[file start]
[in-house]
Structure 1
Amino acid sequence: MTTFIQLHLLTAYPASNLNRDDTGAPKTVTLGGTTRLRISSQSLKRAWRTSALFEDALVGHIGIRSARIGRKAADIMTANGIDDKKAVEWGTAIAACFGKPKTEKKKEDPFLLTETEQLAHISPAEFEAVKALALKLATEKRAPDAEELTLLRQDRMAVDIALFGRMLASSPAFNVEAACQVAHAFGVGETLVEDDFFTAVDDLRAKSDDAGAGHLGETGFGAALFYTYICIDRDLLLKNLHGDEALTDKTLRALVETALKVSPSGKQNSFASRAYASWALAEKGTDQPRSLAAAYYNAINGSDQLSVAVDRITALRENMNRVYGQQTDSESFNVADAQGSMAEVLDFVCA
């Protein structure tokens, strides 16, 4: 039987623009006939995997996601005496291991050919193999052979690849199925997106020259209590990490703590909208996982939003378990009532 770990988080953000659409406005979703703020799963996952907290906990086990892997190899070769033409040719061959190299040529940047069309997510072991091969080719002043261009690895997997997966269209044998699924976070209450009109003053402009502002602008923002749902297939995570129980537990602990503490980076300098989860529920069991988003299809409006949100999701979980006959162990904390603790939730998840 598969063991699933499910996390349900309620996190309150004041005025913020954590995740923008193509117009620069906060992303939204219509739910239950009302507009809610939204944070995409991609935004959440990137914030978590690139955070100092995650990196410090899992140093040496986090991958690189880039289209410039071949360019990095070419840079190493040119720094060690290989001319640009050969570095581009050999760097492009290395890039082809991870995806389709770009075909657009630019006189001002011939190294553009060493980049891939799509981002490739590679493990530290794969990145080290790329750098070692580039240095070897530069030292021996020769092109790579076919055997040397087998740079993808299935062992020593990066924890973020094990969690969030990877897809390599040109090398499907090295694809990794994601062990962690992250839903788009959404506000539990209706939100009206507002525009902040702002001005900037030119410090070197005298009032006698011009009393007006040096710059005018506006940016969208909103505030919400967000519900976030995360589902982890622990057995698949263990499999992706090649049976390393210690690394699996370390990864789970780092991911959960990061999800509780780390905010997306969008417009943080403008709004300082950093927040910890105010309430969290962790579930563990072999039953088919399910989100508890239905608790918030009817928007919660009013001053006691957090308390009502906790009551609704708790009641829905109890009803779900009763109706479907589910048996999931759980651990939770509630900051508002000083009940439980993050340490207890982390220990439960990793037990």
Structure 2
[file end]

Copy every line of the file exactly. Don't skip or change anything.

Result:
[in-house]
Structure 1
Amino acid sequence: MTTFIQLHLLTAYPASNLNRDDTGAPKTVTLGGTTRLRISSQSLKRAWRTSALFEDALVGHIGIRSARIGRKAADIMTANGIDDKKAVEWGTAIAACFGKPKTEKKKEDPFLLTETEQLAHISPAEFEAVKALALKLATEKRAPDAEELTLLRQDRMAVDIALFGRMLASSPAFNVEAACQVAHAFGVGETLVEDDFFTAVDDLRAKSDDAGAGHLGETGFGAALFYTYICIDRDLLLKNLHGDEALTDKTLRALVETALKVSPSGKQNSFASRAYASWALAEKGTDQPRSLAAAYYNAINGSDQLSVAVDRITALRENMNRVYGQQTDSESFNVADAQGSMAEVLDFVCA
């Protein structure tokens, strides 16, 4: 039987623009006939995997996601005496291991050919193999052979690849199925997106020259209590990490703590909208996982939003378990009532 770990988080953000659409406005979703703020799963996952907290906990086990892997190899070769033409040719061959190299040529940047069309997510072991091969080719002043261009690895997997997966269209044998699924976070209450009109003053402009502002602008923002749902297939995570129980537990602990503490980076300098989860529920069991988003299809409006949100999701979980006959162990904390603790939730998840 598969063991699933499910996390349900309620996190309150004041005025913020954590995740923008193509117009620069906060992303939204219509739910239950009302507009809610939204944070995409991609935004959440990137914030978590690139955070100092995650990196410090899992140093040496986090991958690189880039289209410039071949360019990095070419840079190493040119720094060690290989001319640009050969570095581009050999760097492009290395890039082809991870995806389709770009075909657009630019006189001002011939190294553009060493980049891939799509981002490739590679493990530290794969990145080290790329750098070692580039240095070897530069030292021996020769092109790579076919055997040397087998740079993808299935062992020593990066924890973020094990969690969030990877897809390599040109090398499907090295694809990794994601062990962690992250839903788009959404506000539990209706939100009206507002525009902040702002001005900037030119410090070197005298009032006698011009009393007006040096710059005018506006940016969208909103505030919400967000519900976030995360589902982890622990057995698949263990499999992706090649049976390393210690690394699996370390990864789970780092991911959960990061999800509780780390905010997306969008417009943080403008709004300082950093927040910890105010309430969290962790579930563990072999039953088919399910989100508890239905608790918030009817928007919660009013001053006691957090308390009502906790009551609704708790009641829905109890009803779900009763109706479907589910048996999931759980651990939770509630900051508002000083009940439980993050340490207890982390220990439960990793037990």
Structure 2